Press freedom is protected by the right to freedom of expression protected in Article 19 of the Universal Declaration of Human Rights (UDHR) and Article 19 of the International Covenant on Civil and Political Rights (ICCPR). The article provides that States should guarantee everyone's right to freedom of expression, including the "freedom to seek, receive, or impart information or ideas of any kind", regardless of frontiers, and through any media of a person's choice including online. Several binding treaties, including the International Convention on the Protection of All Persons from Enforced Disappearances, include specific obligations for journalists whose work is being retributed by enforced disappearances [7]. 

Moreover, Article 79 of the Additional Protocol I, which governs international humanitarian law, states that journalists, media professionals and associated personnel are protected explicitly by international humanitarian law as civilians, as long as they do not adversely affect their status as civilians. In other words, any offence against a journalist committed by a party to an armed conflict constitutes a war crime, and the perpetrators need to be held accountable [8]. 

There have been various resolutions regarding their protection under the United Nations microscope. Specifically, Security Council resolutions (S/RES/2222 from 2015), General Assembly resolutions (A/RES/75/101 from 2020) and Human Rights Council resolutions (A/HRC/45/L.42/Rev.1 from 2020).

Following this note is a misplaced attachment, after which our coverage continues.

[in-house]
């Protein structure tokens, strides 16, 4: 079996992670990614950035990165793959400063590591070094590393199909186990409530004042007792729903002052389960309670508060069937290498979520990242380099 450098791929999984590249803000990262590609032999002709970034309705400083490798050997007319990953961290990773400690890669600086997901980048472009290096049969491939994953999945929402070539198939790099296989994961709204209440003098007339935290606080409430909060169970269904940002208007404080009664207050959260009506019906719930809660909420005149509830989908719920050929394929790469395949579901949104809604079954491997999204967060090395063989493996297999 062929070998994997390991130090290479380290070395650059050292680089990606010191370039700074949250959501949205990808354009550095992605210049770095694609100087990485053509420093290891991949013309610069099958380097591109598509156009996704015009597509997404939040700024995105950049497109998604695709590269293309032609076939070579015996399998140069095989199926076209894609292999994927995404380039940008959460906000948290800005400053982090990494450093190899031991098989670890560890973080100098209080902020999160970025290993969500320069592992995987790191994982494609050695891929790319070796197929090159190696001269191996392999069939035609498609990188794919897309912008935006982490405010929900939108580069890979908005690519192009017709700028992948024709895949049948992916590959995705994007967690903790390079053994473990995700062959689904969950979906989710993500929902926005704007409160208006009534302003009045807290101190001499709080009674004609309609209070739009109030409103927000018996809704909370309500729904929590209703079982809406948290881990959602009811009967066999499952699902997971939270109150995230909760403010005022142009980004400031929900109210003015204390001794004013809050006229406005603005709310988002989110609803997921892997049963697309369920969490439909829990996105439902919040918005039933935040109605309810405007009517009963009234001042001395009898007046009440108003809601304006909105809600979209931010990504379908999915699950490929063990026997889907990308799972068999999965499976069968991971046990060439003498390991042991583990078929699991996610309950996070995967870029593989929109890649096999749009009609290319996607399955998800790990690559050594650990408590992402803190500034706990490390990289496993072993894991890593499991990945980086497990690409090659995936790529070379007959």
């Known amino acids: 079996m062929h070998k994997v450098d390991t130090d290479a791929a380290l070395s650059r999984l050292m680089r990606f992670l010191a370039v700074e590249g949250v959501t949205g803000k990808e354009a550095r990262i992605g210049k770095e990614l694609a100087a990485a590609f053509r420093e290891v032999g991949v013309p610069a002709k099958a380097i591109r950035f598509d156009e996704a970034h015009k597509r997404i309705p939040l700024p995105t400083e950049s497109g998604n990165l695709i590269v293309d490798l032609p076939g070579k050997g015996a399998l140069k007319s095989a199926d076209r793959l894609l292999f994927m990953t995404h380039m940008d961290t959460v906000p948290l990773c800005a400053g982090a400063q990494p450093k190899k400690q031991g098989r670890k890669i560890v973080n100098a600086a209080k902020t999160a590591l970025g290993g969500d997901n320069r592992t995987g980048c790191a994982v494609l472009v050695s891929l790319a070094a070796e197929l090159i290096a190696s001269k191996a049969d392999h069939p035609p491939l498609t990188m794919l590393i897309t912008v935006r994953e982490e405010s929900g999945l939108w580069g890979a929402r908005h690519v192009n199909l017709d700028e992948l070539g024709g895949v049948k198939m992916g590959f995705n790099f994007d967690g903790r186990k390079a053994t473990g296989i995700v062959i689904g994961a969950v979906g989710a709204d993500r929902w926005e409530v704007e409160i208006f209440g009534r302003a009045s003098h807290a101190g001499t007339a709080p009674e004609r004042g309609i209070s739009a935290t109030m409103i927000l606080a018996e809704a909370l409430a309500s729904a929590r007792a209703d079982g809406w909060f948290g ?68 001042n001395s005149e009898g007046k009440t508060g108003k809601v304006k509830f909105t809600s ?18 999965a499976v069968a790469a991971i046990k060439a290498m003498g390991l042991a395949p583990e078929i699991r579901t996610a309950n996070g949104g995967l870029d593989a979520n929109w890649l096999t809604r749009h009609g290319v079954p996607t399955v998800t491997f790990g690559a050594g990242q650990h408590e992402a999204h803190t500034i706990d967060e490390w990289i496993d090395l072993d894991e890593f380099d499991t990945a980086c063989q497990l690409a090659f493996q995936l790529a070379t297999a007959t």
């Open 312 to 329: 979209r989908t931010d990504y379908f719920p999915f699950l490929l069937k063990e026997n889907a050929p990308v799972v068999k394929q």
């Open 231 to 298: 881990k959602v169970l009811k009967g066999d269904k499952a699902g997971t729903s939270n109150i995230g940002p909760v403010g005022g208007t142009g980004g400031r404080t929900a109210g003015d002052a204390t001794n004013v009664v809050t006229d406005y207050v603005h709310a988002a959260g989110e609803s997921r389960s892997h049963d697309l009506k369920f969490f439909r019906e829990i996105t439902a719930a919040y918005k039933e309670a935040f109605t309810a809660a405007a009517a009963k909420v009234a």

World Press Freedom Day 2022

This year from the 2nd-5th of May, UNESCO and the Republic of Uruguay will host the annual World Press Freedom Day Global Conference. "Journalists under digital siege" is the theme of this year's conference, which will examine how the digital era impacts freedom of expression, journalist safety, access to information, and privacy. The conference will be in Punta del Este, Uruguay remotely. 

UNESCO chose this theme because in view of increasing surveillance via technology, which is a way to harm the safety of journalists through the disclosure of private information that can be used to harass or attack them arbitrarily. 

Geneva International Centre for Justice (GICJ) condemns the violence perpetrated against journalists and media professionals, especially against those who have lost their lives to pursue the truth and the defence of press freedom. GICJ also supports the media that have been subjected to restrictions or abolition of press freedom and is deeply discouraged by the fact that in large parts of the world press freedom is gravely threatened, and there is no sufficient international protection to ensure press freedom. 

GICJ encourages all governments to respect and support journalists and commit to press freedom. Countries must adopt internal legislation to protect journalists and ensure press freedom. Lastly, GICJ supports the creation of a specific international instrument that guarantees the rights of journalists to press freedom. 

IDPF 2022, Press Freedom, Journalist Protection, Press Protection, Media Protection, May 3rd, M3, Justice, Human Rights, United Nations, UNESCO, Guillermo Cano Award, World Press Freedom Day 2022, Geneva, Geneva4justice, GICJ, Geneva International Centre For Justice

Image source: pexels 

Map source: Reporters without borders